Hayley Wickenheiser one of six going into Hockey Hall of Fame this year - InfoNews

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Hayley Wickenheiser one of six going into Hockey Hall of Fame this year

Four time Olympic gold medalist Hayley Wickenheiser poses for a portrait in Calgary on January 11, 2017.
Image Credit: THE CANADIAN PRESS/Jeff McIntosh
June 25, 2019 - 1:34 PM

TORONTO - Longtime Canadian women's team star Hayley Wickenheiser is one of six new members of the Hockey Hall of Fame.

Wickenheiser joins fellow Canadian Guy Carbonneau in the player category, along with Czech forward Vaclav Nedomansky and Russian defenceman Sergei Zubov.

Pittsburgh Penguins general manager Jim Rutherford, a native of Beeton, Ont., and Boston College head coach Jerry York were selected in the builder category.

The selections were announced Tuesday, with the induction ceremony to take place Nov. 18.

Wickenheiser was the only first-year eligible player to be selected.

Wickenheiser retired as the country's all-time leading scorer after 23 years on the national team. She now works as the assistant director of player development for the Toronto Maple Leafs.

The 40-year-old native of Shaunavon, Sask., was one of the top players on four Olympic champion Canadian women's teams.

Carbonneau, a native of Sept-Iles, Que., was the last captain of a Canadian team to win the Stanley Cup, doing so with the Montreal Canadiens in 1993. He won three Selke Awards as the NHL's top defensive forward and three Stanley Cups (two with Montreal, one with the Dallas Stars).

"This is an honour you think about, but it's never a sure thing,” Carbonneau said in a statement. "It is an incredible recognition and I thank the selection committee."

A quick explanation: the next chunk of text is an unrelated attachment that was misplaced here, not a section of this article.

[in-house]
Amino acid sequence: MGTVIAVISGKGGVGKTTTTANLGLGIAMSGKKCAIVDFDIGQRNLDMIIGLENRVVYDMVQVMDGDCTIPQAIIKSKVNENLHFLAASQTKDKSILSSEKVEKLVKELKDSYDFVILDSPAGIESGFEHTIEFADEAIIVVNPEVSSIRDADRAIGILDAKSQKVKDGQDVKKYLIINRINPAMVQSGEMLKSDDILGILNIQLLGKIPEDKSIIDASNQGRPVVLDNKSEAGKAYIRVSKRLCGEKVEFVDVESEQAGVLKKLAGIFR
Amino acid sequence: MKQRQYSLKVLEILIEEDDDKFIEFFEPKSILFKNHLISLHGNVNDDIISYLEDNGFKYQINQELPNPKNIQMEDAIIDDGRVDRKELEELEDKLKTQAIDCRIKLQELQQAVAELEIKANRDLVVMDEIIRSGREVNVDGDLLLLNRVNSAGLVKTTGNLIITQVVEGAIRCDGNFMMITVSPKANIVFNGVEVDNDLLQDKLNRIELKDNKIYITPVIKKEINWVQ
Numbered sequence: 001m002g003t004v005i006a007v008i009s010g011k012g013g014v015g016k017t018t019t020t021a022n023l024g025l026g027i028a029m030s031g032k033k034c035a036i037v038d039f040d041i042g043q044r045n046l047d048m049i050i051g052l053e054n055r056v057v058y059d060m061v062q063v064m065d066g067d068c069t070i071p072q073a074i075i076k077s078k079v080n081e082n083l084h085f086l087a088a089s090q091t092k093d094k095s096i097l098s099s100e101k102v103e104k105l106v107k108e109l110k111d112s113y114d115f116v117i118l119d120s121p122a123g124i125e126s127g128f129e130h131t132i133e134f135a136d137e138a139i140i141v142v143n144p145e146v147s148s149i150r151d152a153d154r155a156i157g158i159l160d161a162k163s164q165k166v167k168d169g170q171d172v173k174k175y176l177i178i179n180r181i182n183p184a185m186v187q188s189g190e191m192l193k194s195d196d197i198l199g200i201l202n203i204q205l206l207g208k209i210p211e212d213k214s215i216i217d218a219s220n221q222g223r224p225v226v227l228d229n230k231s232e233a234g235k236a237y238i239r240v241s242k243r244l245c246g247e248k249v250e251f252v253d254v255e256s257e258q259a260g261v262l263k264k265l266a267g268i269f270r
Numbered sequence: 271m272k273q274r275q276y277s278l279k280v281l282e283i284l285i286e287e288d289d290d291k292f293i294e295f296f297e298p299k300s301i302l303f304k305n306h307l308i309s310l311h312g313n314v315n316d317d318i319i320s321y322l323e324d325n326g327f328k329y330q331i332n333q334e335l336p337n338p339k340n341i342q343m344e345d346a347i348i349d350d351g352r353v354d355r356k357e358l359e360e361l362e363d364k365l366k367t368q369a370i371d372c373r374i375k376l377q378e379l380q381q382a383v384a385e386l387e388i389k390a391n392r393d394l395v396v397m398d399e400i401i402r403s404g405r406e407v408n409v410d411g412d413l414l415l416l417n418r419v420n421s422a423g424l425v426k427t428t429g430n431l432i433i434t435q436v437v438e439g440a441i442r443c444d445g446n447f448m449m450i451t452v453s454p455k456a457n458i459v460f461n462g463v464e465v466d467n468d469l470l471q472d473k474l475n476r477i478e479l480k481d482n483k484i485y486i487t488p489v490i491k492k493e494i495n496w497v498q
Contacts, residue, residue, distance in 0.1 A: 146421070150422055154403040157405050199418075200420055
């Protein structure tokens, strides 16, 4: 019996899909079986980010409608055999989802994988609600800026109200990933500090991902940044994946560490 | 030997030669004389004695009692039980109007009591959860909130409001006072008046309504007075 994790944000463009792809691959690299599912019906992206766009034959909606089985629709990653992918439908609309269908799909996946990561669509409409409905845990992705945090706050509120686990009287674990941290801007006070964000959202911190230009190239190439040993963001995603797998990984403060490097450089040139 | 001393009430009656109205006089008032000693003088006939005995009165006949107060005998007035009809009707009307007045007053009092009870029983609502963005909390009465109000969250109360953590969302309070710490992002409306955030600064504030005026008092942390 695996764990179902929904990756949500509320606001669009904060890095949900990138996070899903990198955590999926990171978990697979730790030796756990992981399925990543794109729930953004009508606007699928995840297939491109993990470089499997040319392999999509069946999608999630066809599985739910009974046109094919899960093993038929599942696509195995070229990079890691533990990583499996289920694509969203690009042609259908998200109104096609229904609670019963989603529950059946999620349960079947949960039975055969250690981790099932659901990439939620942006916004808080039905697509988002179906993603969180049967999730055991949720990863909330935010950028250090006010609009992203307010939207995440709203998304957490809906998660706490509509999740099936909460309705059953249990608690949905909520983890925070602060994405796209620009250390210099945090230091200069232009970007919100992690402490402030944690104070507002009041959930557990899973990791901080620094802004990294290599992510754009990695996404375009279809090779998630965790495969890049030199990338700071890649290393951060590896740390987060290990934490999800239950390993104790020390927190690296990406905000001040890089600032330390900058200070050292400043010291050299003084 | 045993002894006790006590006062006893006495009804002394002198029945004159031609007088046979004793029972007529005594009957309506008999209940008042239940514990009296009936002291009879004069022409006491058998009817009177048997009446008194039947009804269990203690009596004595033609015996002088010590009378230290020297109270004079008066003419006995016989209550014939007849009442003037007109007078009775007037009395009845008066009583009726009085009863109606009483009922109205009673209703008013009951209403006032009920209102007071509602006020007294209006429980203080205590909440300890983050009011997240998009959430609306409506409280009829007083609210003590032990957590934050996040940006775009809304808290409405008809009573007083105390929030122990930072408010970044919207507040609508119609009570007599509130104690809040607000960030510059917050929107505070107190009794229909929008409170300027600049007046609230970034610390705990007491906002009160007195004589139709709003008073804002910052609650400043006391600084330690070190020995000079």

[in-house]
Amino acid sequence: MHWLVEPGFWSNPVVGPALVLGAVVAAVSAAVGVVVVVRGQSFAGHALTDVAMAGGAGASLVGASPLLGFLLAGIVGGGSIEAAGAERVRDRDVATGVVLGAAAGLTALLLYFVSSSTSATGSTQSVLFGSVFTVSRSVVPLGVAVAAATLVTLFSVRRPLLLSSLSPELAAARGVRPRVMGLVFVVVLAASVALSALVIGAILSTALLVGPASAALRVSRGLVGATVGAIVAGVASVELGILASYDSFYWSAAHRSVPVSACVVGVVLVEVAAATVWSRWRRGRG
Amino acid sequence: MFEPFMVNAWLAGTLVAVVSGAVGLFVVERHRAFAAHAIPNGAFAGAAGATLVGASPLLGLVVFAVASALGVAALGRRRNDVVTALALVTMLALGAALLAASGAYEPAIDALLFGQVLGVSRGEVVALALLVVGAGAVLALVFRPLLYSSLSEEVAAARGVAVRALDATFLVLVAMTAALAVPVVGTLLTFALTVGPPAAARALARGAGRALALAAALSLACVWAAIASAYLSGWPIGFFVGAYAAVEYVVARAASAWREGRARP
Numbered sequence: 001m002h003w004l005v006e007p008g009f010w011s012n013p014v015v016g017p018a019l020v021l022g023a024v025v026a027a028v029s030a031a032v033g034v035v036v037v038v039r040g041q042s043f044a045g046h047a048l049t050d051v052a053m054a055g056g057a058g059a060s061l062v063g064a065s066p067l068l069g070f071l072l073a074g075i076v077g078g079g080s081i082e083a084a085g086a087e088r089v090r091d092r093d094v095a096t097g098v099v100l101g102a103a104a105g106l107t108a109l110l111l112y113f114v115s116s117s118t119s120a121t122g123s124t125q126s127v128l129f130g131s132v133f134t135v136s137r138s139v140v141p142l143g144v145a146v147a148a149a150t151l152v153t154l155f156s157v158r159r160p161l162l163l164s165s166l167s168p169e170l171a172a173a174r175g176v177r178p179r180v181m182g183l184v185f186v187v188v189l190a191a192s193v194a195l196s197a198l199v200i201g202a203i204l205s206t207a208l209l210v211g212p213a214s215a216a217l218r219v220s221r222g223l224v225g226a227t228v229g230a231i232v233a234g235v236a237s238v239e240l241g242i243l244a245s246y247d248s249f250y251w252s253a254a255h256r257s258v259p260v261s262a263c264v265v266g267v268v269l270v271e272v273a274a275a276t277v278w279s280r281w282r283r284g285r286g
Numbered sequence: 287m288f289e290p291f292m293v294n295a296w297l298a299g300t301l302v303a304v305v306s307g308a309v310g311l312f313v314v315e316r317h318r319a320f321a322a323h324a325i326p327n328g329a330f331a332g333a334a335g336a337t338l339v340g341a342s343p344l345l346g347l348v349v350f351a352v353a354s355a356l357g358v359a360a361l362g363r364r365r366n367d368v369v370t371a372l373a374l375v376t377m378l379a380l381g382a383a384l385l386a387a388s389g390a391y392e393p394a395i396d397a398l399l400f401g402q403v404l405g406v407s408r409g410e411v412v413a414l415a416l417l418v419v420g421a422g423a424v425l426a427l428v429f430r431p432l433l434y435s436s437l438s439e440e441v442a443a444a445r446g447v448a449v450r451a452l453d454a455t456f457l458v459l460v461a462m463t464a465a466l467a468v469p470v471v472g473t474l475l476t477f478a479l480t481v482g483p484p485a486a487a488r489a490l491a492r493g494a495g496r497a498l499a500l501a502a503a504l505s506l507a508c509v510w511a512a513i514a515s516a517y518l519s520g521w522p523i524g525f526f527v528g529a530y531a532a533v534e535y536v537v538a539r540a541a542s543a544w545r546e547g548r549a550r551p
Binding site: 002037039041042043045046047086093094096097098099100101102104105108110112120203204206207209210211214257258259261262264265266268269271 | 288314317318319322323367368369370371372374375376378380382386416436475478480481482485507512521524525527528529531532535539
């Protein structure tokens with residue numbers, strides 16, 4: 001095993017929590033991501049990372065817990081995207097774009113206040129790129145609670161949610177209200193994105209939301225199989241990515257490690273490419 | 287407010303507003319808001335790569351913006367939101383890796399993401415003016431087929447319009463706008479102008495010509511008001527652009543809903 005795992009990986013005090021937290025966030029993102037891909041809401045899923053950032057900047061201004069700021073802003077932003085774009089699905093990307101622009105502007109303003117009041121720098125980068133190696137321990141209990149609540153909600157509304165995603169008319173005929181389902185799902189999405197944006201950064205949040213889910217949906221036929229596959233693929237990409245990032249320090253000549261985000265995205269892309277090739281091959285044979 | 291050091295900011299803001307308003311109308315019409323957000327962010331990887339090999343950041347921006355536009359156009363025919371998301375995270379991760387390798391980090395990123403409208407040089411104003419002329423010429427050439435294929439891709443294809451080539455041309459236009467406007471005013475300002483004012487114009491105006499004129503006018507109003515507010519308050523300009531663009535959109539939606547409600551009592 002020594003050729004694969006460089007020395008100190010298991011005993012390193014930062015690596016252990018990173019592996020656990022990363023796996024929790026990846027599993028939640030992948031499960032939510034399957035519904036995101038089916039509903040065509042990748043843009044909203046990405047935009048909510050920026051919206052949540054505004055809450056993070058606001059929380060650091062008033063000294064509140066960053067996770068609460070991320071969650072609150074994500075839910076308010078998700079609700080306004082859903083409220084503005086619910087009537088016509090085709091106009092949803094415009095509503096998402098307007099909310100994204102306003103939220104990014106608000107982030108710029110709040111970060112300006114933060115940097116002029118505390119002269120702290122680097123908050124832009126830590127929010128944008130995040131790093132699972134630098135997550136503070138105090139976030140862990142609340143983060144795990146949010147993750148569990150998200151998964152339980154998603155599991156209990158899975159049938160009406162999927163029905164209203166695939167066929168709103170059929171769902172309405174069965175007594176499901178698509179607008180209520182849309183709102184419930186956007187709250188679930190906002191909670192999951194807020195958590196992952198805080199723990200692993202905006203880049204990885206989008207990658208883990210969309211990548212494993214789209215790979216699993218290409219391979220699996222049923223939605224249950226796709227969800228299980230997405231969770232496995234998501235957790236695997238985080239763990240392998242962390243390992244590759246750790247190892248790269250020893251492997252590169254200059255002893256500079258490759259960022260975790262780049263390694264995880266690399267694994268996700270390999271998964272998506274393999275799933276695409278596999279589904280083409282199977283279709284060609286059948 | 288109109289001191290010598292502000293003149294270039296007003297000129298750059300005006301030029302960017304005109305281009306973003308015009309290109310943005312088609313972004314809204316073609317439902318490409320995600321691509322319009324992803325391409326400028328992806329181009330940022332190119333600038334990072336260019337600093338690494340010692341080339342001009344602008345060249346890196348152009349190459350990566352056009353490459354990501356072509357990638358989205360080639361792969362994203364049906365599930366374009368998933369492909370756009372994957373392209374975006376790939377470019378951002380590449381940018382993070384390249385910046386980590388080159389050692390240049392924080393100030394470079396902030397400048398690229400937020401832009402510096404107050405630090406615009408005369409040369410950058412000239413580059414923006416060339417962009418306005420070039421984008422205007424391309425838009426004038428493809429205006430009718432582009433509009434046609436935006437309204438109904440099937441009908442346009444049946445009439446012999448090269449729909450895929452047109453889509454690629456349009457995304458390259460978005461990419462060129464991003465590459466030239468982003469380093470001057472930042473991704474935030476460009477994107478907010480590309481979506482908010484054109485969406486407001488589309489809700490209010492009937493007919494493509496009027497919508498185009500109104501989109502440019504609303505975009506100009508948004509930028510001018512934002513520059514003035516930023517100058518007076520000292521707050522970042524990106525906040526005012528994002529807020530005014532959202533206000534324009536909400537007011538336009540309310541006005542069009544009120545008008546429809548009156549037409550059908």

Nedomansky played 12 seasons in Bratislava before becoming the first athlete from an Eastern European communist country to defect to North America to pursue a pro hockey career. He played in the WHA with Toronto and Birmingham before joining the Detroit Red Wings as a 33-year-old rookie in 1977.

Nedomansky played 252 career NHL games with Detroit, the St. Louis Blues and New York Rangers.

"I appreciate my accomplishments being recognized by the Hockey Hall of Fame," said Nedomansky. "I'm proud to be the first player from a communist country to come and play in North America."

Zubov joined the Rangers in 1992 after playing four seasons with the Moscow Red Army. He won a Stanley Cup with the Rangers in 1994 and another with Dallas in 1999.

Rutherford began his management career with the OHL's Windsor Spitfires in 1984. He went on to be general manager of the Hartford Whalers for 20 years and won a Stanley Cup in Carolina in 2006 after the franchise moved.

Rutherford has won two more Stanley Cups with the Penguins.

"I started my career in Beeton, 50 miles north of the Hall of Fame, never dreaming that I would once be in it," said Rutherford. "I've travelled lots of miles in hockey and met so many great people along the way."

The American-born York has been a head coach in the NCAA ranks since 1972. He has won five national titles.

"I'm flabbergasted with this unexpected honour," said York. "I will cherish this special recognition."

News from © The Canadian Press, 2019
The Canadian Press

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